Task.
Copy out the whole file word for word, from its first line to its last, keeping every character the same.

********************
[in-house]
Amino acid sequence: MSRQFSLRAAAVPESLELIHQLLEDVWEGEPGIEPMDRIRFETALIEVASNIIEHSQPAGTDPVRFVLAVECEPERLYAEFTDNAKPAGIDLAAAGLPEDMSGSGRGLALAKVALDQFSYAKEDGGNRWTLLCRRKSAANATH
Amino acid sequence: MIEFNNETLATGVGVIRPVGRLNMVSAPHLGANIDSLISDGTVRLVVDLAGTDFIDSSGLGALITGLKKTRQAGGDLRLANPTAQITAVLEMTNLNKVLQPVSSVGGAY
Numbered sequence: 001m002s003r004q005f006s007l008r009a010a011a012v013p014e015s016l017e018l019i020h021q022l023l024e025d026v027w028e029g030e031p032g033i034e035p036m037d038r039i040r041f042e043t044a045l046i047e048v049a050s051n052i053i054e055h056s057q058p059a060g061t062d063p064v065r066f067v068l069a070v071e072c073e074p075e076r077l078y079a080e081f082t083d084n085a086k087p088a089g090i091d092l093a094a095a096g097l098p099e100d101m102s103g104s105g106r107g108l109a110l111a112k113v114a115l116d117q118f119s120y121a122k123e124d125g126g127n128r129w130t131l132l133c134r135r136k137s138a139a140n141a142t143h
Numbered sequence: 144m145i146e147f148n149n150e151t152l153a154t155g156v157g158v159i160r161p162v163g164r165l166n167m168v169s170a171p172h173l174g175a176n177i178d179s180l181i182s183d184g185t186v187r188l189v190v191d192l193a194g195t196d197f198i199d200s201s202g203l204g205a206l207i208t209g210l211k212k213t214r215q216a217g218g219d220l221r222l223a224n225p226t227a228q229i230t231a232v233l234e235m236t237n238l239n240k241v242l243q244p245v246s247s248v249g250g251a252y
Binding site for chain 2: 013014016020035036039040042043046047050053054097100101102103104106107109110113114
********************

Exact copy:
[in-house]
Amino acid sequence: MSRQFSLRAAAVPESLELIHQLLEDVWEGEPGIEPMDRIRFETALIEVASNIIEHSQPAGTDPVRFVLAVECEPERLYAEFTDNAKPAGIDLAAAGLPEDMSGSGRGLALAKVALDQFSYAKEDGGNRWTLLCRRKSAANATH
Amino acid sequence: MIEFNNETLATGVGVIRPVGRLNMVSAPHLGANIDSLISDGTVRLVVDLAGTDFIDSSGLGALITGLKKTRQAGGDLRLANPTAQITAVLEMTNLNKVLQPVSSVGGAY
Numbered sequence: 001m002s003r004q005f006s007l008r009a010a011a012v013p014e015s016l017e018l019i020h021q022l023l024e025d026v027w028e029g030e031p032g033i034e035p036m037d038r039i040r041f042e043t044a045l046i047e048v049a050s051n052i053i054e055h056s057q058p059a060g061t062d063p064v065r066f067v068l069a070v071e072c073e074p075e076r077l078y079a080e081f082t083d084n085a086k087p088a089g090i091d092l093a094a095a096g097l098p099e100d101m102s103g104s105g106r107g108l109a110l111a112k113v114a115l116d117q118f119s120y121a122k123e124d125g126g127n128r129w130t131l132l133c134r135r136k137s138a139a140n141a142t143h
Numbered sequence: 144m145i146e147f148n149n150e151t152l153a154t155g156v157g158v159i160r161p162v163g164r165l166n167m168v169s170a171p172h173l174g175a176n177i178d179s180l181i182s183d184g185t186v187r188l189v190v191d192l193a194g195t196d197f198i199d200s201s202g203l204g205a206l207i208t209g210l211k212k213t214r215q216a217g218g219d220l221r222l223a224n225p226t227a228q229i230t231a232v233l234e235m236t237n238l239n240k241v242l243q244p245v246s247s248v249g250g251a252y
Binding site for chain 2: 013014016020035036039040042043046047050053054097100101102103104106107109110113114